UDDIN v. GOODSON et al
OPINION/ORDER granting 100 Motion to Dismiss claims as to deft., GOODSON & GOODSON LAW OFFICE, w/prejudice. Signed by Judge William H. Walls on 5/18/17. (DD, )
NOT FOR PUBLICATION
UNITED STATES DISTRICT COURT
DISTRICT OF NEW JERSEY
OPINION AND ORDER
CHRISTOPHER J. GOODSON; GOODSON LAW
OFFICE; FIVE STAR FUNDING, LLC; LUTFUR
UDDIN; FARUK SIDDIQUE; JOHN CARUSO;
PREAKNESS REAL ESTATE, LLC; A-i
ELEGANT TOURS; and SHELIM KHALIQUE,
Civ. No. 2:i5-cv-$025 (WHW) (CLW)
Walls, Senior District Judge
This matter arises out of an allegedly fraudulent scheme to convince Plaintiff Fatema
Uddin to stop paying her mortgage and engage in an improper short sale of her home.
Defendants Christopher J. Goodson and Goodson Law Office now move to dismiss the
complaint as to themselves only for failure to comply with the Affidavit of Merit (“AOM”)
requirements of N.J.S.A
§ 2A: 52A-27.
FACTUAL AND PROCEDURAL BACKGROUND
Defendant John Caruso filed a similar motion to dismiss for failure to comply with the
AOM statute, and was dismissed from this case on March 8, 2017. ECF Nos. 94, 95. The facts of
this case were laid out in detail in that Opinion, ECF No. 95, and it is not necessary to revisit
them in depth here. For the purposes of Defendants Goodson and Goodson Law Office’s motion,
the relevant facts are as follows:
Plaintiff Fatema Uddin was referred to Defendant Lutfur Uddin for assistance with some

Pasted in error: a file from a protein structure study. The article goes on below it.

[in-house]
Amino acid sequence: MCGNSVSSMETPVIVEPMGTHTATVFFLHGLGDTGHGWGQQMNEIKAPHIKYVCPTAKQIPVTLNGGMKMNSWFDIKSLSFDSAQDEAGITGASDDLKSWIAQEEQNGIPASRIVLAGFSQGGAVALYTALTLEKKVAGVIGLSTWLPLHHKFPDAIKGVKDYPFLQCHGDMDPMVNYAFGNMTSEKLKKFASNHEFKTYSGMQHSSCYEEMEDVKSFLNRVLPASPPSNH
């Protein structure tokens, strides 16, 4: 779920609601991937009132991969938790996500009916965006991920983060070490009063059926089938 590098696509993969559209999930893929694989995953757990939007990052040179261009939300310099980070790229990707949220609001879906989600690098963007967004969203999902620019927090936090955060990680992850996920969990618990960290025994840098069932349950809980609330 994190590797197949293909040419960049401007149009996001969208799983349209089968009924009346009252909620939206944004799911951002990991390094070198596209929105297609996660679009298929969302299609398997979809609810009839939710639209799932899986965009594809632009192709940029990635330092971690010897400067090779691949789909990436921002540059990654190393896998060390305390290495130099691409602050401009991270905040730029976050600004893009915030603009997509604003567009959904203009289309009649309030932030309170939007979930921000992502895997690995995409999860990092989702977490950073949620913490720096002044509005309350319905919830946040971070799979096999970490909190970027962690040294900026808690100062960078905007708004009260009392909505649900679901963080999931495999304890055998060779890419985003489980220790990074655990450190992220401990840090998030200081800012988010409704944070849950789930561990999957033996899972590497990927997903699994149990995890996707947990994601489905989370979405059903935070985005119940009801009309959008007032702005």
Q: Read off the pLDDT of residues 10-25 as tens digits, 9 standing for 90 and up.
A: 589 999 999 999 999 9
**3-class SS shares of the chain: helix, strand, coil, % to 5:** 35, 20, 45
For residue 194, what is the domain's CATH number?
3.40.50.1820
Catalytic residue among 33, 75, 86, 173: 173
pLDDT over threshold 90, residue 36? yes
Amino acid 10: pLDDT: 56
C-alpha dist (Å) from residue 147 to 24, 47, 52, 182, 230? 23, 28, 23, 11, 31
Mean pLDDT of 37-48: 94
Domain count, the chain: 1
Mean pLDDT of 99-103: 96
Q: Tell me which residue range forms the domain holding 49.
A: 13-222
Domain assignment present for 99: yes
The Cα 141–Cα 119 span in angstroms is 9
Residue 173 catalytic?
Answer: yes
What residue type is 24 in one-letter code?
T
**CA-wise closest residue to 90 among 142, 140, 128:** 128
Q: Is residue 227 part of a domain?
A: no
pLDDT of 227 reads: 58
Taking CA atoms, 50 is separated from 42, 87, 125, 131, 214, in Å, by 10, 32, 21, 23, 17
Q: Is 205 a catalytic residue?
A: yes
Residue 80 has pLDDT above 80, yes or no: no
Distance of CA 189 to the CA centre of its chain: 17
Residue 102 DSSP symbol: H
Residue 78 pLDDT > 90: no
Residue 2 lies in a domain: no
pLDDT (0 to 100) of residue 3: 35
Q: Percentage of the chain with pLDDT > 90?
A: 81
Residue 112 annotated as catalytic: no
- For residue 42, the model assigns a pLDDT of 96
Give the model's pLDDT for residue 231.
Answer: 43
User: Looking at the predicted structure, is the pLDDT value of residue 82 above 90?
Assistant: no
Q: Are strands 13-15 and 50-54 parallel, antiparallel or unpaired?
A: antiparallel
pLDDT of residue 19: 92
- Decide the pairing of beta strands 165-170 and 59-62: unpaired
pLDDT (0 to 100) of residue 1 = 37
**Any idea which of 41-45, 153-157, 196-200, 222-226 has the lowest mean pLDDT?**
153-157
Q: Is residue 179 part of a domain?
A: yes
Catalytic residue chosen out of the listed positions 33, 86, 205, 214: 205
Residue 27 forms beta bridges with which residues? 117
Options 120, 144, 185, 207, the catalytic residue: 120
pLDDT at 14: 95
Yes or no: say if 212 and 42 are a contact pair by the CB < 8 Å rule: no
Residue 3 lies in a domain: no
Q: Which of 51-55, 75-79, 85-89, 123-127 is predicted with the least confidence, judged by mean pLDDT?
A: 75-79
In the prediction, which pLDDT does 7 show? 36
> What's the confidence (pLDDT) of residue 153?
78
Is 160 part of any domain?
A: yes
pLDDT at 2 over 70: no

financial difficulties. Compl. ECF No. 1
Lutfur Uddin, acting as an agent of Defendant
NOT FOR PUBLICATION
Goodson and Defendant Goodson Law Office, charged Plaintiff$15,000 to serve as a “loan
modification mortgage specialist,” and convinced her to stop paying the mortgage on her home
in order to obtain a principal reduction and lower interest rate. Id.
¶J 2, 31,
33, 37. When a
foreclosure action was commenced against Plaintiff as the result of her nonpayment, she was
assured that the Goodson Law Office attorneys would “handle everything” and “protect [her]
¶ 51. In reliance on the advice of Goodson and Goodson Law Office, Plaintiff
executed a short sale of her property, transferring title to Defendant Farnk Siddique. Id.
64, 77. Siddique, a straw buyer, immediately transferred title through a quit claim deed to
Defendant Preakness Real Estate LLC. Id.
¶J 96-97. The funds for this transaction were
transferred by Goodson Law Office, and Defendant Five Star Funding, a company wholly owned
by Christopher Goodson. Id.
120. Afler this transaction was complete, Plaintiff was
informed that her home would not be sold back to her and that she would be evicted. Id.
103. Defendants Goodson and Goodson Law Office then filed multiple complaints for
possession of the property in 2014 and 2015. Id.
Plaintiff alleges that in addition to providing and transferring funds for the transfer of her
property, Defendants Goodson and Goodson Law Office represented all of the actors who
participated in the fraudulent sale and transfer of Plaintiff’s home and prepared the documents
used to convey the property interest Id.
¶J 118-19. For their role in the scheme, Defendants
Goodson and Goodson Law Office were compensated in fees, real estate commissions for both
the purchase and sale of Plaintiff’s property, and several hundred thousand dollars in equity
stripped from the property. Id.
Plaintiff brought suit in this District on November 11, 2015. Defendants Christopher
Goodson and Goodson Law Office move to dismiss Plaintiffs claims against them as a result of
NOT FOR PUBLICATION
Plaintiffs failure to file an Affidavit of Merit (“AOM”) within 120 days of the filing of the
Defendants’ Answer as required by N.J.S.A
§ 2A:52A-27. Defendants filed their Answer on